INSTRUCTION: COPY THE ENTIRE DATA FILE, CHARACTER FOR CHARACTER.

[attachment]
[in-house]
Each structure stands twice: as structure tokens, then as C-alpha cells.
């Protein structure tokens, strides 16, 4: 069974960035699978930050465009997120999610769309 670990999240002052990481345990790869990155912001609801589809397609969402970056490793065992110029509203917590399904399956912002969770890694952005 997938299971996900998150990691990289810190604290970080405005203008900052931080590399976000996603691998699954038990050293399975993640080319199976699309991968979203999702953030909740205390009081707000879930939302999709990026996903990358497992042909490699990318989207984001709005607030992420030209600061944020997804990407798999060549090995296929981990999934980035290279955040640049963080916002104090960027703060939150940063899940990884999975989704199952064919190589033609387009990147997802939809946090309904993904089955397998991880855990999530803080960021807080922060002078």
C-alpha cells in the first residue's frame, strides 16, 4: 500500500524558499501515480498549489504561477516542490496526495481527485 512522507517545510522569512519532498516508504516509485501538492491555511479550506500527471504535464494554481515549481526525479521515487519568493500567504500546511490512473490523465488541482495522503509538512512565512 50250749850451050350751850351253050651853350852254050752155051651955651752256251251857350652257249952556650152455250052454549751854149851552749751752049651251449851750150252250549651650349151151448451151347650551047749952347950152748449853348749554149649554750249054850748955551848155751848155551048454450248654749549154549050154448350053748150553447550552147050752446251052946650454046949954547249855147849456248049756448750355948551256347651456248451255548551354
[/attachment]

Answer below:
[in-house]
Each structure stands twice: as structure tokens, then as C-alpha cells.
């Protein structure tokens, strides 16, 4: 069974960035699978930050465009997120999610769309 670990999240002052990481345990790869990155912001609801589809397609969402970056490793065992110029509203917590399904399956912002969770890694952005 997938299971996900998150990691990289810190604290970080405005203008900052931080590399976000996603691998699954038990050293399975993640080319199976699309991968979203999702953030909740205390009081707000879930939302999709990026996903990358497992042909490699990318989207984001709005607030992420030209600061944020997804990407798999060549090995296929981990999934980035290279955040640049963080916002104090960027703060939150940063899940990884999975989704199952064919190589033609387009990147997802939809946090309904993904089955397998991880855990999530803080960021807080922060002078």
C-alpha cells in the first residue's frame, strides 16, 4: 500500500524558499501515480498549489504561477516542490496526495481527485 512522507517545510522569512519532498516508504516509485501538492491555511479550506500527471504535464494554481515549481526525479521515487519568493500567504500546511490512473490523465488541482495522503509538512512565512 50250749850451050350751850351253050651853350852254050752155051651955651752256251251857350652257249952556650152455250052454549751854149851552749751752049651251449851750150252250549651650349151151448451151347650551047749952347950152748449853348749554149649554750249054850748955551848155751848155551048454450248654749549154549050154448350053748150553447550552147050752446251052946650454046949954547249855147849456248049756448750355948551256347651456248451255548551354